Ravens trying to hold onto Grubbs

Street Talk Ravens trying to hold onto Grubbs

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INDIANAPOLIS — The Baltimore Ravens have altered their previous stance on trying to hold onto Pro Bowl offensive guard Ben Grubbs, deciding now to construct an ambitious bid to prevent him from bolting off the roster via free agency.

Although it’s still regarded as something of a long shot considering the serious money Grubbs could command on the open market, not to mention the Ravens’ $32.5 million investment in Pro Bowl offensive guard Marshal Yanda and other financial commitments, the AFC North franchise confirmed it has launched negotiations with Grubbs’ agent, Pat Dye.

“Ben is a player that we’d love to have back in Baltimore,” general manager Ozzie Newsome said Friday at the NFL scouting combine.  “We’ve had some conversations with Pat Dye already. We will see how things work out between now and the beginning of free agency on March 13.”

Ravens vice president of football administration Pat Moriarty talked with Dye on Friday.

Ultimately, re-signing Grubbs might wind up being too expensive to get done. However, the Ravens sound determined to give it an honest try.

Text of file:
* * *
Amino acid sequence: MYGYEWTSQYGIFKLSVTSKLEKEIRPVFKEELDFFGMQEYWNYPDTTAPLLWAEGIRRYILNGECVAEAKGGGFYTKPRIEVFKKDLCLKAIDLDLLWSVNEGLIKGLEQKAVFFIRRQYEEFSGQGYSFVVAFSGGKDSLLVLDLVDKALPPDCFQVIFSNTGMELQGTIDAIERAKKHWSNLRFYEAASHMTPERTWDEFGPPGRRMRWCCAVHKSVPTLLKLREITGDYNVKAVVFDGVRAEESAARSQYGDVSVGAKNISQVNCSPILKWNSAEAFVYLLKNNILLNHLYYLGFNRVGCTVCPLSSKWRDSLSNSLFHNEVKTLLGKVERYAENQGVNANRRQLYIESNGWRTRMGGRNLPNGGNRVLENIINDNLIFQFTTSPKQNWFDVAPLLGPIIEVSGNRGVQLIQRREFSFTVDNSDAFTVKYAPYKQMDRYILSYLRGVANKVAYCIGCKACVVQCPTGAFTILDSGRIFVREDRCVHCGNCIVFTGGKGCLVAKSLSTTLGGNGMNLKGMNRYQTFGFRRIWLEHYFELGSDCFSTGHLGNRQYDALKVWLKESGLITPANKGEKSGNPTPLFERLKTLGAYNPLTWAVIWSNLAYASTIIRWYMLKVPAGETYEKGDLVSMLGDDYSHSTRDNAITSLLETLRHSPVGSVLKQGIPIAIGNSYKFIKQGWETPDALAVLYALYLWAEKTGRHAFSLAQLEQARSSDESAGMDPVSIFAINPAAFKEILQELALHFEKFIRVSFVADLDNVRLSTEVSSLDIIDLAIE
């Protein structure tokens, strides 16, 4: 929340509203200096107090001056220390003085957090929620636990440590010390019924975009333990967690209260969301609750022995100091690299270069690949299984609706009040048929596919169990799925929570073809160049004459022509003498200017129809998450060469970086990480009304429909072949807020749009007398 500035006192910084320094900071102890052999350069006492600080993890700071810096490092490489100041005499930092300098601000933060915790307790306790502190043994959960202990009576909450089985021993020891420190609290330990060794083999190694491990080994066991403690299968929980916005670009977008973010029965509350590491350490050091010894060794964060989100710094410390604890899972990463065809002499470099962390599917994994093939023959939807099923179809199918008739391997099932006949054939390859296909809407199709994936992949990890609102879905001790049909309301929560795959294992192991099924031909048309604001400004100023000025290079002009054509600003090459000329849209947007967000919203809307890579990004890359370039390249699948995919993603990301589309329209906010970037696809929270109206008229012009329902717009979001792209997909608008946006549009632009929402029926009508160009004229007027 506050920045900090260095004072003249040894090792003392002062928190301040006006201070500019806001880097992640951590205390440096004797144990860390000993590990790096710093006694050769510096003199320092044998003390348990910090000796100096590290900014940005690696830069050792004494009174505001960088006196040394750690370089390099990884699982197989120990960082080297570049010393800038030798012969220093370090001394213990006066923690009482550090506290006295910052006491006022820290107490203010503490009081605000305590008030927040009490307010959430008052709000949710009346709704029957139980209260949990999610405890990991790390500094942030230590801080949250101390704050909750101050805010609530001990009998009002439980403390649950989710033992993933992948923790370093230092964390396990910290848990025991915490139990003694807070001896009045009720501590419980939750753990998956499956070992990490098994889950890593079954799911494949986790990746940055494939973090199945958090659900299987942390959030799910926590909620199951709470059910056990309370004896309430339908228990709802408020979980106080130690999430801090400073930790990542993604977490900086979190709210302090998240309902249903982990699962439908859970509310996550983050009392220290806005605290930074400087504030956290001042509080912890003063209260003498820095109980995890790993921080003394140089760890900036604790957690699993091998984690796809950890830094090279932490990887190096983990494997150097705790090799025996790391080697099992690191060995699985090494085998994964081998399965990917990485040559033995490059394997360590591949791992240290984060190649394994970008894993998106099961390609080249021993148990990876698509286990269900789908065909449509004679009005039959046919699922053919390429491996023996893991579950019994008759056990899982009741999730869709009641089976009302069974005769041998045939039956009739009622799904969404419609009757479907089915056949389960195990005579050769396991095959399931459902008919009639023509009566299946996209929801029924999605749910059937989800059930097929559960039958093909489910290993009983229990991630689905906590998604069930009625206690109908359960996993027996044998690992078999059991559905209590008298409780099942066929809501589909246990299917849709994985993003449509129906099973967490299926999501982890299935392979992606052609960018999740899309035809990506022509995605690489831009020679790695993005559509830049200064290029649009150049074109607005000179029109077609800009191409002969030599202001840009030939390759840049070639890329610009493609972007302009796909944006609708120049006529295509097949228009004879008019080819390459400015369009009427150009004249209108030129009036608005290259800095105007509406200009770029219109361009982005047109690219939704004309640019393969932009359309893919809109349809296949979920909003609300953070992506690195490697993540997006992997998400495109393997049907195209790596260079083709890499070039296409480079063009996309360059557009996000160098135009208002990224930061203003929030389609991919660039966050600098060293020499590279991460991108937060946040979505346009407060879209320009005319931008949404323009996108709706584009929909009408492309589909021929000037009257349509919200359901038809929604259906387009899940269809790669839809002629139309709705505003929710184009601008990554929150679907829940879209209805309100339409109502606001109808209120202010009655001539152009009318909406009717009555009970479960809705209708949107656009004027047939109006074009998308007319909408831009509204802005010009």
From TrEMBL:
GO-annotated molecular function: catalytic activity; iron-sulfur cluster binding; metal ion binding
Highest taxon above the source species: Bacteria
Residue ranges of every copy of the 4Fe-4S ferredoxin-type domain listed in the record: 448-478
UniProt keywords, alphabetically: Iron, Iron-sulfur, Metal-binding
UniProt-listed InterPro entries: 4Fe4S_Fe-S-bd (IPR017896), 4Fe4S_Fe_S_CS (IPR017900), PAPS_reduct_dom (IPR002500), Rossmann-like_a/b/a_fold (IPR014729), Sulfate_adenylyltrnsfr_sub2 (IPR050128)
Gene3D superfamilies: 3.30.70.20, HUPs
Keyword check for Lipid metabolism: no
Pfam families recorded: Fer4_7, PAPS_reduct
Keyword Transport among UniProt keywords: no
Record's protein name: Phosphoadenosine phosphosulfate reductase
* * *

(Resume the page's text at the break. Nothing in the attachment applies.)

“I’m pretty optimistic about it right now,” Ravens coach John Harbaugh said. “I hope that’s not misplaced. We’re in the process of negotiating. We’re committed, Steve Bisciotti’s committed, to offering him a really great number.

“Ben’s had a great number of years here. He’s earned the right to take a look for his family. One thing we’re not doing: We’re not giving him a low number. We’re doing everything we can to try to keep him in Baltimore.”

 

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Aaron Wilson

About Aaron Wilson

Aaron Wilson covers the NFL for National Football Post as well as the Baltimore Ravens for The Carroll County Times and Ravens24x7.com. He has previously covered the Jacksonville Jaguars and Tennessee Titans and has covered the NFL since 1997.  He has won several regional writing awards, including, most recently, Best Sports News Story for the state of Maryland in voting conducted by the Associated Press managing editors. 

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